Effective suicide prevention depends on applying evidence from research, surveillance and evaluation of policy, as well as learnings from community outreach, mental health services, and family and community supports. Improved connections between researchers and research users, as well as access to plain language summaries of existing evidence, will facilitate the use of research findings. Public health surveillance (i.e. the regular, systematic collection, analysis and dissemination of suicide-related surveillance data) provide the basis of evidence needed to define the scope of the problem in Canada, track changes in suicide rates, better understand risk and protective factors, inform policies and programs, and evaluate prevention efforts.
Through the Canadian Institutes of Health Research, the Government of Canada supports and partners in mental health and addictions research, including suicide prevention and post-traumatic stress disorder, to inform mental wellness initiatives for Canadians. Since 2000, more than $47 million has been invested in research related to suicide, and collaboration with provinces, territories and the Graham Boeckh Foundation serve to support research to address adolescent and youth mental health and well-being.
While there is a wide variety of suicide-related research being conducted across Canada, knowledge gaps remain, such as research on factors that protect against suicide across the lifespan, improved access to timely data, and research related to specific populations, including Indigenous peoples. In addition, more analysis of the lived experience of suicide is needed so that programs and initiatives can engage effectively and safely with those needing help. There is also a need to better understand research at the national and regional levels and to convene researchers and stakeholder groups to bring coherence to national research priorities that will meet the needs of communities, frontline providers and decision makers as well as to facilitate knowledge uptake, particularly among populations that have higher rates of suicide.
Since November 2015, the Government of Canada has enhanced the use of research and innovation by:
Strengthening Surveillance Data on Suicide
The Public Health Agency of Canada is enhancing accuracy and completeness of suicide mortality and self-harm data by exploring near real-time reporting on suicidal ideations and risk behaviours through analyses of novel data sources.
The Public Health Agency of Canada is also coordinating surveillance reporting across federal government departments through an Interdepartmental Working Group on Suicide-Related Surveillance. This group is examining how existing suicide-related data can be consolidated, strengthened and shared publicly.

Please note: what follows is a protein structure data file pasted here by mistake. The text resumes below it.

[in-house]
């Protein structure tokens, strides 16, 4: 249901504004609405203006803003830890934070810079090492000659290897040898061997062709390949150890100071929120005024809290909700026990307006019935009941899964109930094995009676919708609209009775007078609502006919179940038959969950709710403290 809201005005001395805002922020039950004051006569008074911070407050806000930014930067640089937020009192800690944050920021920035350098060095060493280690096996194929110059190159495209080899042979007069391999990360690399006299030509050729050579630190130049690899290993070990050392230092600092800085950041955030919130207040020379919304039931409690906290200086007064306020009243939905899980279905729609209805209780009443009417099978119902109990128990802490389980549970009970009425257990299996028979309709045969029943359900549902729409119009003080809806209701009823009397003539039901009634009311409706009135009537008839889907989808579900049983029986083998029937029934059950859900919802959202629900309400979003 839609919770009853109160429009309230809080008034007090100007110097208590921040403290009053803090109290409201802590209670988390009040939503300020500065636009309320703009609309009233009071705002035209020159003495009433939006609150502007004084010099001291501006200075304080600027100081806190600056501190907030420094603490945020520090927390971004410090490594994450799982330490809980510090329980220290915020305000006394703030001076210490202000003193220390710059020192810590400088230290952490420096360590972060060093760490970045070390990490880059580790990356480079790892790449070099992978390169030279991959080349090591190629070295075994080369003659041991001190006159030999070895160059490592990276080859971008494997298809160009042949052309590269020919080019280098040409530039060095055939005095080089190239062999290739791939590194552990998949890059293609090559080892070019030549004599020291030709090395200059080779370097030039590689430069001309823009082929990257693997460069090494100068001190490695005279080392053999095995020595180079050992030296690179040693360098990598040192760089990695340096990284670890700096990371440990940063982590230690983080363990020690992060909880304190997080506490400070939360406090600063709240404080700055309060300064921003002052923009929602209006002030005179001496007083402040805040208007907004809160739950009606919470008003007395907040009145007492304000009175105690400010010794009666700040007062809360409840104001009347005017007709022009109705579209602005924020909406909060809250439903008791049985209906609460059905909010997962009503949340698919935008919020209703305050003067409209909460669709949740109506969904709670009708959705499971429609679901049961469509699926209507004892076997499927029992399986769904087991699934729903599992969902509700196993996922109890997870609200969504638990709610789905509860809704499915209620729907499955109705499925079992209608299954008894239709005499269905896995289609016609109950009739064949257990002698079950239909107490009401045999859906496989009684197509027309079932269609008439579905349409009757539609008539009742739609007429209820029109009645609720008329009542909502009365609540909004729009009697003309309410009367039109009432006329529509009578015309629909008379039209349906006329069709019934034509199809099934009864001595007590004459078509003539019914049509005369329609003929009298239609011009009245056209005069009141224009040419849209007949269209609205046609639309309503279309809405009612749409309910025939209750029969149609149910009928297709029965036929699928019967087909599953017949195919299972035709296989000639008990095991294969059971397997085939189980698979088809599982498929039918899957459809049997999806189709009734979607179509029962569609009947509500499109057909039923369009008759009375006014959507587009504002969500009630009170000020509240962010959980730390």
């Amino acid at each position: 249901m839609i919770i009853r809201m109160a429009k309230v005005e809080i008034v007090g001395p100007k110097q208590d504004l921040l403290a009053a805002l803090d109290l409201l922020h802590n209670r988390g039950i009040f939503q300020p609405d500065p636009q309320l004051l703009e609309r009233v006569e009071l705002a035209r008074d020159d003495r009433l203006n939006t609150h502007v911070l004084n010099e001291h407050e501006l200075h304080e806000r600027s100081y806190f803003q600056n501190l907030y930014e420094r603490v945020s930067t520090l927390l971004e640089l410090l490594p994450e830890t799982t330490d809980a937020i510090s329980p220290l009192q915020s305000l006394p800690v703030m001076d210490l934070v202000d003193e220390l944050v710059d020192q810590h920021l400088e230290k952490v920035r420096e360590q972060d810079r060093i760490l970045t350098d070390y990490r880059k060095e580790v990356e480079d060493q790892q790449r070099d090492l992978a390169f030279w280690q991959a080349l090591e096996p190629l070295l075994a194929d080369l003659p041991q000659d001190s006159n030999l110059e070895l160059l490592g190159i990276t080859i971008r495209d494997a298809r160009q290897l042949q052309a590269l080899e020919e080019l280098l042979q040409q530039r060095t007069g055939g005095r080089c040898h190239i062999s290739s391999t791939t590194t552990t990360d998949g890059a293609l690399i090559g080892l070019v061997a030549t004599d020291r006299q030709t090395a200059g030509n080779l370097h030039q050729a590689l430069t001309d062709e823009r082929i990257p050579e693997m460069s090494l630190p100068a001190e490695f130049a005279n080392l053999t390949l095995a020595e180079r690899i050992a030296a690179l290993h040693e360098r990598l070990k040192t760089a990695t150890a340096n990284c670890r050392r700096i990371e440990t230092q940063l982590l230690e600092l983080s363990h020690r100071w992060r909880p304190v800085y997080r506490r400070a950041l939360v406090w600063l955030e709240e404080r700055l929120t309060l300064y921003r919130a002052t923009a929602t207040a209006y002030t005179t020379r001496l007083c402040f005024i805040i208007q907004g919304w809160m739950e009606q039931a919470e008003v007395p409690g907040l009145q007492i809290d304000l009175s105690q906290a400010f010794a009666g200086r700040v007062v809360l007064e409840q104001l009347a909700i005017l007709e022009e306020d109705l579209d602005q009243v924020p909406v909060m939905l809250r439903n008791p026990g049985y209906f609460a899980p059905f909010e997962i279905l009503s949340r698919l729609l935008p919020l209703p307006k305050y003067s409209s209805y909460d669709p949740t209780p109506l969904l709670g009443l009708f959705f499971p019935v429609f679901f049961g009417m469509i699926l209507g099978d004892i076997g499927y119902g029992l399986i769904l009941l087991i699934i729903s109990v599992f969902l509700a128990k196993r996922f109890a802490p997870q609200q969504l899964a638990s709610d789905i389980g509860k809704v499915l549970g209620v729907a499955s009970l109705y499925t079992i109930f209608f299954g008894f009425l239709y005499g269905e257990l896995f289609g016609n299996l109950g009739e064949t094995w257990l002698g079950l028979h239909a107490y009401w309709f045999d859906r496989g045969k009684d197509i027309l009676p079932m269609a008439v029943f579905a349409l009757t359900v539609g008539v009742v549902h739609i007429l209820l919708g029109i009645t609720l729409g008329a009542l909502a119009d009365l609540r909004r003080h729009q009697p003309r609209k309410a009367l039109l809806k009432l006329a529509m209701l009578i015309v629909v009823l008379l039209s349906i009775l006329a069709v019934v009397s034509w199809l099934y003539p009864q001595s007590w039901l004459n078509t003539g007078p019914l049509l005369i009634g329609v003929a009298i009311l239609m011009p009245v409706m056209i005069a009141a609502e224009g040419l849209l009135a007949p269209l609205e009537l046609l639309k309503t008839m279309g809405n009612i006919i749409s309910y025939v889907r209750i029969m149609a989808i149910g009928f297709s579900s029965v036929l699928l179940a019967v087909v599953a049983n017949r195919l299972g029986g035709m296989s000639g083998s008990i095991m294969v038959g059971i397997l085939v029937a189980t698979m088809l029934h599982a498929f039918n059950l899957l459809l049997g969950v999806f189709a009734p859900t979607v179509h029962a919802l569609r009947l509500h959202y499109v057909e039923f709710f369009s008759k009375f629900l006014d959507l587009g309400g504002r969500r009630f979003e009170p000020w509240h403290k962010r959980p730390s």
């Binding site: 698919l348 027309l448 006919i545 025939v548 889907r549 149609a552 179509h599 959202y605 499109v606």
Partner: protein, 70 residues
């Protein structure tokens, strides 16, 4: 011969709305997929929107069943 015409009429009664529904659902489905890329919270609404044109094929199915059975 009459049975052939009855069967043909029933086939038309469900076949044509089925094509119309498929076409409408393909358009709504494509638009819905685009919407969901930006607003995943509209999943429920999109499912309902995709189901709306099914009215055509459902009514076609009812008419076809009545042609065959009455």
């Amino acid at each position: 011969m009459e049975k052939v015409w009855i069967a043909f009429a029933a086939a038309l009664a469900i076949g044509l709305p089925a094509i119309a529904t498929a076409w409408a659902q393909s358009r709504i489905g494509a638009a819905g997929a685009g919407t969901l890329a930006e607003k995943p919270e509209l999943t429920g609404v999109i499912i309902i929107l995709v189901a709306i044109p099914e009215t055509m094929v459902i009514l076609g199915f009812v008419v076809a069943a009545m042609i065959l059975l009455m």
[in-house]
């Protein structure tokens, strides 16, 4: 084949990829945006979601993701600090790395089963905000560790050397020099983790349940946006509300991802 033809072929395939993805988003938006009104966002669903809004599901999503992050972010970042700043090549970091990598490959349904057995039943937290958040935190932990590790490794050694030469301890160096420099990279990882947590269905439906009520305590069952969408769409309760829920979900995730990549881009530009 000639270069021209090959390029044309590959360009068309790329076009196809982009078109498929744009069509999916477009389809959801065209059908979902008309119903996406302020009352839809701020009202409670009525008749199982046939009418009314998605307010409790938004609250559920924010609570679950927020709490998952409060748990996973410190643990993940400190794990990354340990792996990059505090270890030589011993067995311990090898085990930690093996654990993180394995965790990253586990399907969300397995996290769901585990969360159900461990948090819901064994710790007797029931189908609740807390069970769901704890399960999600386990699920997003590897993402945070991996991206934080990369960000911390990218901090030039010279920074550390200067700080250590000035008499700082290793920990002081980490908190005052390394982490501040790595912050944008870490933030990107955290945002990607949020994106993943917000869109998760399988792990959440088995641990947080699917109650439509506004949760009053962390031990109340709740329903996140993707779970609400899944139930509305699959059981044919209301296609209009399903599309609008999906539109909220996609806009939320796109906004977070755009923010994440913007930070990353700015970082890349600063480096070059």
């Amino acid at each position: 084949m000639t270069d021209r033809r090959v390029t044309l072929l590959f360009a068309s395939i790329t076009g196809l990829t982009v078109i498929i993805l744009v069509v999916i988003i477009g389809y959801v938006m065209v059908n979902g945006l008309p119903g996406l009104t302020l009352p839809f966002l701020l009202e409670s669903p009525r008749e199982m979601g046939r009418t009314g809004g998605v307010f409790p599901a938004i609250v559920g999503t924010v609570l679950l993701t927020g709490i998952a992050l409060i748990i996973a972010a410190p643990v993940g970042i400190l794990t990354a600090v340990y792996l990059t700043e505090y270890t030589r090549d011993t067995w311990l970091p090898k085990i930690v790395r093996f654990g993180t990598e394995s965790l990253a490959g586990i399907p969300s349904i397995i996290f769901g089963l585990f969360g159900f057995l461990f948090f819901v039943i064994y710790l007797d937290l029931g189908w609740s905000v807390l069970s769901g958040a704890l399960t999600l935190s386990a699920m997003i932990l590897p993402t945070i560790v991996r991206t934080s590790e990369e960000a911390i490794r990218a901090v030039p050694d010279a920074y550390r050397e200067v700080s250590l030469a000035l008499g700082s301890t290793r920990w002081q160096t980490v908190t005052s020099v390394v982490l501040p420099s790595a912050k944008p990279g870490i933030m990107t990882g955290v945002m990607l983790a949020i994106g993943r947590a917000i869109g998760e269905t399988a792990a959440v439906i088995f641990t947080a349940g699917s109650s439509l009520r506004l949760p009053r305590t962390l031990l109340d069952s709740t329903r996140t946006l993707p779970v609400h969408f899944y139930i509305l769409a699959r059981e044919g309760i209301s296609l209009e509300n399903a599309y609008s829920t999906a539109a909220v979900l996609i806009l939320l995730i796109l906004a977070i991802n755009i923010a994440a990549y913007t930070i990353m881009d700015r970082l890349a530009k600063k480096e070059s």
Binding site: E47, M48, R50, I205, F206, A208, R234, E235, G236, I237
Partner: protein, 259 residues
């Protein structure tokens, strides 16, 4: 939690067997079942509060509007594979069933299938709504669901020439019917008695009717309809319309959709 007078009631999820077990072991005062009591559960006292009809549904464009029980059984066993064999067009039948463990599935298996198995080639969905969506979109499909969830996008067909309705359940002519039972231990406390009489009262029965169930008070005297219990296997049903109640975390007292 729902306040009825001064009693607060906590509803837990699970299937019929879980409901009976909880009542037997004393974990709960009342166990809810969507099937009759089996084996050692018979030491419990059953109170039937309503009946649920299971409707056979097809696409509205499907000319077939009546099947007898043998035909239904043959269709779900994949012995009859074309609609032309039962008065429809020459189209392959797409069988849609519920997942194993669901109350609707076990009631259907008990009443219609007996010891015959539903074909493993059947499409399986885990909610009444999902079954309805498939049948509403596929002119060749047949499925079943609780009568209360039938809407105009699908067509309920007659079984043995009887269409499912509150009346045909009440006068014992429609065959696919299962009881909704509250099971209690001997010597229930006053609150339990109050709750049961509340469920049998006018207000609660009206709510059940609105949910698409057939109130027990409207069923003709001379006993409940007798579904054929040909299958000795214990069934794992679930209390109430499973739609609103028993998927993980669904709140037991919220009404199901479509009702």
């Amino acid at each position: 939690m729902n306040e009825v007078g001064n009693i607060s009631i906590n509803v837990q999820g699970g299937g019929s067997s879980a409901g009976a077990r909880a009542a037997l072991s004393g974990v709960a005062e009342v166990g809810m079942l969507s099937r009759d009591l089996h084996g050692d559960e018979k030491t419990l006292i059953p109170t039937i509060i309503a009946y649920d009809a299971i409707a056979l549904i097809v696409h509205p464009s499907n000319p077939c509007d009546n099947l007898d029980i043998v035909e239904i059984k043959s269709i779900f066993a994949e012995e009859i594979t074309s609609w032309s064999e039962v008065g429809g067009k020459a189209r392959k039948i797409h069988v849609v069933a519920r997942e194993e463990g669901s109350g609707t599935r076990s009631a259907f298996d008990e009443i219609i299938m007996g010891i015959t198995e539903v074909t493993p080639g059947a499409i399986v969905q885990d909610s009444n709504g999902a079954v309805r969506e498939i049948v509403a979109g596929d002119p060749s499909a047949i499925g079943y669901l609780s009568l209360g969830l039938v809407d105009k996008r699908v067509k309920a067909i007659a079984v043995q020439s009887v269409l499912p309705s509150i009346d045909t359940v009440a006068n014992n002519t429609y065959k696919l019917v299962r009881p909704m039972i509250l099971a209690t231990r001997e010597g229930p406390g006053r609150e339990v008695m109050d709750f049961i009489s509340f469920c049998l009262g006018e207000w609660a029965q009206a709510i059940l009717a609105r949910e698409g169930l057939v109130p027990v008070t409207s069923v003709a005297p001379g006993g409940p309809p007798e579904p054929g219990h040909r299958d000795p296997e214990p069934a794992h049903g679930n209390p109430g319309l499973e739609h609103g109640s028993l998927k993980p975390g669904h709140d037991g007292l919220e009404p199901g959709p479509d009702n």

Recent activities of the Canadian Depression Research and Intervention Network include research, education and advocacy in depression with a focus on suicide and working on improved suicide surveillance across Indigenous populations to support the identification of at-risk Indigenous populations as well as to improve prevention strategies. The Network is a national patient-focused network of depression researchers, created through a $5.2 million contribution to the Mood Disorders Society of Canada from Health Canada in 2012.
Veterans Affairs Canada has created a new suicide indicator in its client records, allowing for improved documentation and access to data on suicide, attempted suicide, and suicide ideation. Veterans Affairs Canada and the Department of National Defence are also collaborating with Statistics Canada to conduct a data linkage study to determine suicide rates among Canadian Veterans. The findings are expected by December 2017, and will be followed by annual updates.
Supporting Research Innovation in Indigenous Communities
Between November 2015 and October 2016, the Canadian Institutes of Health Research committed funding for five new research projects related to Indigenous suicide prevention under the Pathways to Health Equity for Aboriginal Peoples initiative. These projects, which represent a total investment of $2.76 million over 3 years, will further contribute to the development of the evidence base on how to design, offer and implement programs and policies that prevent suicide and promote health and wellness for Indigenous peoples.
Establishing Shared Research Priorities on Suicide and Suicide Prevention